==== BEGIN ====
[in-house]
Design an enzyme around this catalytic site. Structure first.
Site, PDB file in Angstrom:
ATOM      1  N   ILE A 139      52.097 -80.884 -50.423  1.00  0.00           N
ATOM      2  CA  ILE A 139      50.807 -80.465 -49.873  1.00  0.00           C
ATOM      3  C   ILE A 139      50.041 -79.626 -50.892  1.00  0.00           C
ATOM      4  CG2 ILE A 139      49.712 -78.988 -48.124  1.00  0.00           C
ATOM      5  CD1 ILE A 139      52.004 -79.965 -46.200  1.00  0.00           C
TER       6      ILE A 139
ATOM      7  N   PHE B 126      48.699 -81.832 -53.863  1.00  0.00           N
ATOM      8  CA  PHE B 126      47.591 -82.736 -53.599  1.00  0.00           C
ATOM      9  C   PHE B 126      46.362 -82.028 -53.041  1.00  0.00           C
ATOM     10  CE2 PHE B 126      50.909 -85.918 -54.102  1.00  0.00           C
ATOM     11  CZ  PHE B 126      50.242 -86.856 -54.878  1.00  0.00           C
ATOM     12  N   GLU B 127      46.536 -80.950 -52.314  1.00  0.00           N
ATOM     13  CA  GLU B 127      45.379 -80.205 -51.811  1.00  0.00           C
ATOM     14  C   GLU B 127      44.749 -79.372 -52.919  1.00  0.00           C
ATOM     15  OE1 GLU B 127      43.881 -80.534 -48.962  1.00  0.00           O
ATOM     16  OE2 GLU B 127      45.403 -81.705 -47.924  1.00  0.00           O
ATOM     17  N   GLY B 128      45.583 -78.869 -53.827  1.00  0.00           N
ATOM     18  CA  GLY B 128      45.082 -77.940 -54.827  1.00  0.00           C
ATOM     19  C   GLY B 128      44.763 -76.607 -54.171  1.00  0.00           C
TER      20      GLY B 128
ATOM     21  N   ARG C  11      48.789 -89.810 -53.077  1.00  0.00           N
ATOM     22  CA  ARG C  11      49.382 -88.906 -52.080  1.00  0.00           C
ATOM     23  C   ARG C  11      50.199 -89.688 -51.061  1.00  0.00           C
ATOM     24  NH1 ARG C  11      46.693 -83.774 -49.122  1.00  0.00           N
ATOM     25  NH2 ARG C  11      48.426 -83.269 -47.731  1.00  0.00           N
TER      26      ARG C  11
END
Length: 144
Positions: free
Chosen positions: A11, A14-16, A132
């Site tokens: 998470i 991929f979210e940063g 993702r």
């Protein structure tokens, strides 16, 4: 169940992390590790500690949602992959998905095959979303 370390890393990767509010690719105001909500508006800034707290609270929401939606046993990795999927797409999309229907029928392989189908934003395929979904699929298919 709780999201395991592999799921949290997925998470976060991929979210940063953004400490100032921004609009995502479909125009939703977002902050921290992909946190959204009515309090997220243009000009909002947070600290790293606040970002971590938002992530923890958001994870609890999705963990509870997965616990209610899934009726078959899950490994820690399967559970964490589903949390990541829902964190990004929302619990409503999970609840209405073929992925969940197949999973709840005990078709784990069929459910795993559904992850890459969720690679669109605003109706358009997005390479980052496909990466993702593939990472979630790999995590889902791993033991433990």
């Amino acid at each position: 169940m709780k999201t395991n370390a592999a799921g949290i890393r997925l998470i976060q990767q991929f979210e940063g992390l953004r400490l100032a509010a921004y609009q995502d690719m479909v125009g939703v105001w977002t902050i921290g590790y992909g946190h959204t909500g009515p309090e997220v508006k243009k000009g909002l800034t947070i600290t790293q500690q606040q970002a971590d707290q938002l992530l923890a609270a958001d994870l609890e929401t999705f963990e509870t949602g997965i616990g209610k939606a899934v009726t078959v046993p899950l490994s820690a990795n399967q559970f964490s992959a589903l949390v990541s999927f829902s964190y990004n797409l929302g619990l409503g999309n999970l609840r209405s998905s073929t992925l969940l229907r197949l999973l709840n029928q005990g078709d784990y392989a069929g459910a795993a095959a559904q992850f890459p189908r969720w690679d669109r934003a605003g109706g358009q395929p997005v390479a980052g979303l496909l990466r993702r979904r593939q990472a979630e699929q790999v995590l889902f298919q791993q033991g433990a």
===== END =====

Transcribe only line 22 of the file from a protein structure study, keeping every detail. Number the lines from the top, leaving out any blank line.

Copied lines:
ATOM     19  C   GLY B 128      44.763 -76.607 -54.171  1.00  0.00           C